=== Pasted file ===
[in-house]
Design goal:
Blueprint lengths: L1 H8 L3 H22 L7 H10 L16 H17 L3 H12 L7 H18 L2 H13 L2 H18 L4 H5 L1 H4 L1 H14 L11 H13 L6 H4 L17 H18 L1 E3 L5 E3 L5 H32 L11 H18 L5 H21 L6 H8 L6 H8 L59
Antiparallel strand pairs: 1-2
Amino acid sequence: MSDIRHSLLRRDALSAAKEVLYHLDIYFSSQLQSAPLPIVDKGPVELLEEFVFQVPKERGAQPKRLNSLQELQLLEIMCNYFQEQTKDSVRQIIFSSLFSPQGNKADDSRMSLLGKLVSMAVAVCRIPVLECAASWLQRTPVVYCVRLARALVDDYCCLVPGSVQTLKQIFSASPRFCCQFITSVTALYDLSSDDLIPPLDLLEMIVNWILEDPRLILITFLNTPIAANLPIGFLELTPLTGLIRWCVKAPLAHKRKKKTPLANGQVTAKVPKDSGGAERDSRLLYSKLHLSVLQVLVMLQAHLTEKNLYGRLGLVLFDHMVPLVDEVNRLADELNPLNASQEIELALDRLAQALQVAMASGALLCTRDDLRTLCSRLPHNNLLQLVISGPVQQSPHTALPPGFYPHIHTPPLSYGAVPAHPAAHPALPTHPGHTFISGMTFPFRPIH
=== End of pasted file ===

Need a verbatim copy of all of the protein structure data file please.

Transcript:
[in-house]
Design goal:
Blueprint lengths: L1 H8 L3 H22 L7 H10 L16 H17 L3 H12 L7 H18 L2 H13 L2 H18 L4 H5 L1 H4 L1 H14 L11 H13 L6 H4 L17 H18 L1 E3 L5 E3 L5 H32 L11 H18 L5 H21 L6 H8 L6 H8 L59
Antiparallel strand pairs: 1-2
Amino acid sequence: MSDIRHSLLRRDALSAAKEVLYHLDIYFSSQLQSAPLPIVDKGPVELLEEFVFQVPKERGAQPKRLNSLQELQLLEIMCNYFQEQTKDSVRQIIFSSLFSPQGNKADDSRMSLLGKLVSMAVAVCRIPVLECAASWLQRTPVVYCVRLARALVDDYCCLVPGSVQTLKQIFSASPRFCCQFITSVTALYDLSSDDLIPPLDLLEMIVNWILEDPRLILITFLNTPIAANLPIGFLELTPLTGLIRWCVKAPLAHKRKKKTPLANGQVTAKVPKDSGGAERDSRLLYSKLHLSVLQVLVMLQAHLTEKNLYGRLGLVLFDHMVPLVDEVNRLADELNPLNASQEIELALDRLAQALQVAMASGALLCTRDDLRTLCSRLPHNNLLQLVISGPVQQSPHTALPPGFYPHIHTPPLSYGAVPAHPAAHPALPTHPGHTFISGMTFPFRPIH